I think it's fair to say I've been in a heightened state of fear and anxiety for roughly the past year. I startle at every noise. I check that the doors and windows are locked multiple times before retiring at night. When I'm sleeping in a house by myself I race to the window every time I hear a thump (a tree branch) or a creak (the house settling). I'm doing my best to mitigate the problem — biofeedback, acupuncture, etc. but ultimately fear is taking over.
I spoke with my life coach several days ago (yes, I have one) and cried on the phone about how I want to sleep at night and I don't want to be dependent on the presence of someone else to feel safe. He asked me, "When was the last time you felt safe?" Despite its pitfalls, I felt safe in my previous apartment because it was such a pain in the ass to get to. No one would go through the trouble of breaking in, but even then I still had some fear. I surprised myself by telling him the last time I felt truly safe was when I did kung fu regularly. I remember walking down the street feeling unafraid and in my body, knowing and trusting I could handle myself should something arise. In the past year I've lost that. I've felt powerless and helpless and like a victim.
This week I started doing kung fu again. I wish I could say it was a magic pill and all of a sudden I feel loads better, but that's not true. I can say I feel progressively better because I'm bringing out my inner warrior.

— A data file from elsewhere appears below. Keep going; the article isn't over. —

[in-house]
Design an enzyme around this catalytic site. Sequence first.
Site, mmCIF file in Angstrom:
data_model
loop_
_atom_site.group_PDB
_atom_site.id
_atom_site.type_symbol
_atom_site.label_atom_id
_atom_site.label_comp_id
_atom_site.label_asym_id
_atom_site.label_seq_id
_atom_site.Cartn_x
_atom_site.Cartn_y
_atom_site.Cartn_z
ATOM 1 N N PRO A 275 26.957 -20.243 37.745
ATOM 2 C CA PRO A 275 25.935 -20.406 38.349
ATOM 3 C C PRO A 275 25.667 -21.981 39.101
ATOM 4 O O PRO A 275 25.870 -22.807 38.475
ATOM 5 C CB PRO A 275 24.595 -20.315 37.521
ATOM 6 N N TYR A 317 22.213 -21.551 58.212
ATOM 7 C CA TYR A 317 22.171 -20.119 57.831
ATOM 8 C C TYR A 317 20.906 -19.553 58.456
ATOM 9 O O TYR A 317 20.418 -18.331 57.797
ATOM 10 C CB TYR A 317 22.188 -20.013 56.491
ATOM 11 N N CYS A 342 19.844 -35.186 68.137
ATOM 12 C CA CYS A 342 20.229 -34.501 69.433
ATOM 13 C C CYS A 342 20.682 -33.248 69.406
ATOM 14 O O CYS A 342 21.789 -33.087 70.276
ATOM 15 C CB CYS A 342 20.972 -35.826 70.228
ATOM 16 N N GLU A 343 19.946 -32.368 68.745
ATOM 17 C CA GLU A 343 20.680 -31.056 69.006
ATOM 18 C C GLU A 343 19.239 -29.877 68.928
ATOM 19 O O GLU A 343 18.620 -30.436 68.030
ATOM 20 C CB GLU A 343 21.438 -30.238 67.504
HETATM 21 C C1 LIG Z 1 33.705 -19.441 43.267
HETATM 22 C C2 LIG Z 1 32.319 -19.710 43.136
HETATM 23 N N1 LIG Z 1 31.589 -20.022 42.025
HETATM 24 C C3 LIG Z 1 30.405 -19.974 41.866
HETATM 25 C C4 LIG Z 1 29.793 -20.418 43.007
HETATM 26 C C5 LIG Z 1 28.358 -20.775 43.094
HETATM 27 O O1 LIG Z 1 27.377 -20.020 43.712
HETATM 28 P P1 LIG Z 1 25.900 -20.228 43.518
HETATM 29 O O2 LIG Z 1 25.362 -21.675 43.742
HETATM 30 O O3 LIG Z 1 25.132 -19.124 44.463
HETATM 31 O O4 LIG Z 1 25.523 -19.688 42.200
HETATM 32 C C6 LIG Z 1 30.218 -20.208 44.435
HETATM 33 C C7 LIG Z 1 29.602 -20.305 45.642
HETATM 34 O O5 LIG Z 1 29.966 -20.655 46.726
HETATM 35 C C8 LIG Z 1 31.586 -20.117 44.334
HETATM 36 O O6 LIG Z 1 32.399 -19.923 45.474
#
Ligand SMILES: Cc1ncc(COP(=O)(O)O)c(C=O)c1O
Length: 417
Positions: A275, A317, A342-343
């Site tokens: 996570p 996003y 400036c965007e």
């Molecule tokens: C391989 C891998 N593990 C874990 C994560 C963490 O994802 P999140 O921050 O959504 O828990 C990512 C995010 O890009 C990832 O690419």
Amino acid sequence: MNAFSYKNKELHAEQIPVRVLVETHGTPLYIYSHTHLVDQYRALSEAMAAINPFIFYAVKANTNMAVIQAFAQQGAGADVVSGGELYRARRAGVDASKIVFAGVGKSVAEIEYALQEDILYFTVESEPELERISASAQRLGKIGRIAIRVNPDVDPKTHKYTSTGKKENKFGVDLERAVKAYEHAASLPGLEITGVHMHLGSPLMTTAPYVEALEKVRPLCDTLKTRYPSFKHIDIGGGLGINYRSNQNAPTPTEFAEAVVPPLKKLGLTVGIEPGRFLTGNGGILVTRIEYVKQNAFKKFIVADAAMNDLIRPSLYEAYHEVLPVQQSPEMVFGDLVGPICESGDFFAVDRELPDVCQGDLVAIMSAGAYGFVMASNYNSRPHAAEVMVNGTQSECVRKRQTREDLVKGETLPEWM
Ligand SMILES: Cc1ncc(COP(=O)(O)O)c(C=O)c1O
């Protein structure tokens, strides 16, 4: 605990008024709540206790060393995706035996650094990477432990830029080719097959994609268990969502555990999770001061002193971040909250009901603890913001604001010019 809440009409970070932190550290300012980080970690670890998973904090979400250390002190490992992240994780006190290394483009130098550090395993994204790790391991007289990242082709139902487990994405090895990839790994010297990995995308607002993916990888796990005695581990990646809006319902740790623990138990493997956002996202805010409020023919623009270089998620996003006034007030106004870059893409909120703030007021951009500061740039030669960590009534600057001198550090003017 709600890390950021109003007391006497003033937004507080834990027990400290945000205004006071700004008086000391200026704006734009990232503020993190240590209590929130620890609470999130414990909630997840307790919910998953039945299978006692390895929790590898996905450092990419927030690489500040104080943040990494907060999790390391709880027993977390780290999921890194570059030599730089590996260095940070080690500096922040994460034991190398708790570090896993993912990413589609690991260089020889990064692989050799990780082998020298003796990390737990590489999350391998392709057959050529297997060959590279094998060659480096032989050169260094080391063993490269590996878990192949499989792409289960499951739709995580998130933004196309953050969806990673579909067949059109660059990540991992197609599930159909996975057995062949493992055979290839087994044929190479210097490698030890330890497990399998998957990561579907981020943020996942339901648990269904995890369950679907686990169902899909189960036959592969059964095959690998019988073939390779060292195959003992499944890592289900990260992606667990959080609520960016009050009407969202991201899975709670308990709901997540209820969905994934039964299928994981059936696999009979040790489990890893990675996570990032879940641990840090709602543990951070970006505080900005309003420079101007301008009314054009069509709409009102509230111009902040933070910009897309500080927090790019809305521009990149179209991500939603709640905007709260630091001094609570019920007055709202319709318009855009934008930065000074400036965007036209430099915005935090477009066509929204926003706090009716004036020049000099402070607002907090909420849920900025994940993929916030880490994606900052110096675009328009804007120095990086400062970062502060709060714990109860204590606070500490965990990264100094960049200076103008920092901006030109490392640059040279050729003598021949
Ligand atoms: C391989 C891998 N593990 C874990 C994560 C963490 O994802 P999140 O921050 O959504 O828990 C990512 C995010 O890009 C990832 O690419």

When I think of "warrior" I usually picture some ripped guy ready to use his fists or weapons to protect himself and his loved ones from some impending danger. I do NOT think of a 5'6" Jewish woman who waxes eloquent about spirituality and love for all. Here's the thing — my image of a warrior is warped. A warrior is not a bloodthirsty dude ready to kill whoever steps in his way. A warrior is someone who faces their fears. Someone who does what needs to be done. Someone who has strength of character and a backbone. Someone who will fight and protect if necessary but isn't constantly ready to engage in knuckle bashing.
I bring this up because we all have an inner warrior. It's the part of ourselves that's strong and capable and focused. The part of ourselves that's disciplined and keeps taking the next right action and then the next. The inner warrior is the piece of us that is courageous and provides security. My inner warrior has been lying dormant for far too long. Instead of jumping like a scaredy cat, feeling like a victim, afraid of my own shadow, it's time to pull up the strength within me, to take back my power, and become an active participant in the world once more.
I dream of a world where we call upon our inner warrior when it's most prudent for us. A world where we engage with battles to set our world right again. A world where we stand up for ourselves, a world where we access our inner strength. A world where we bring out our inner warriors.
Another world is not only possible, it's probable.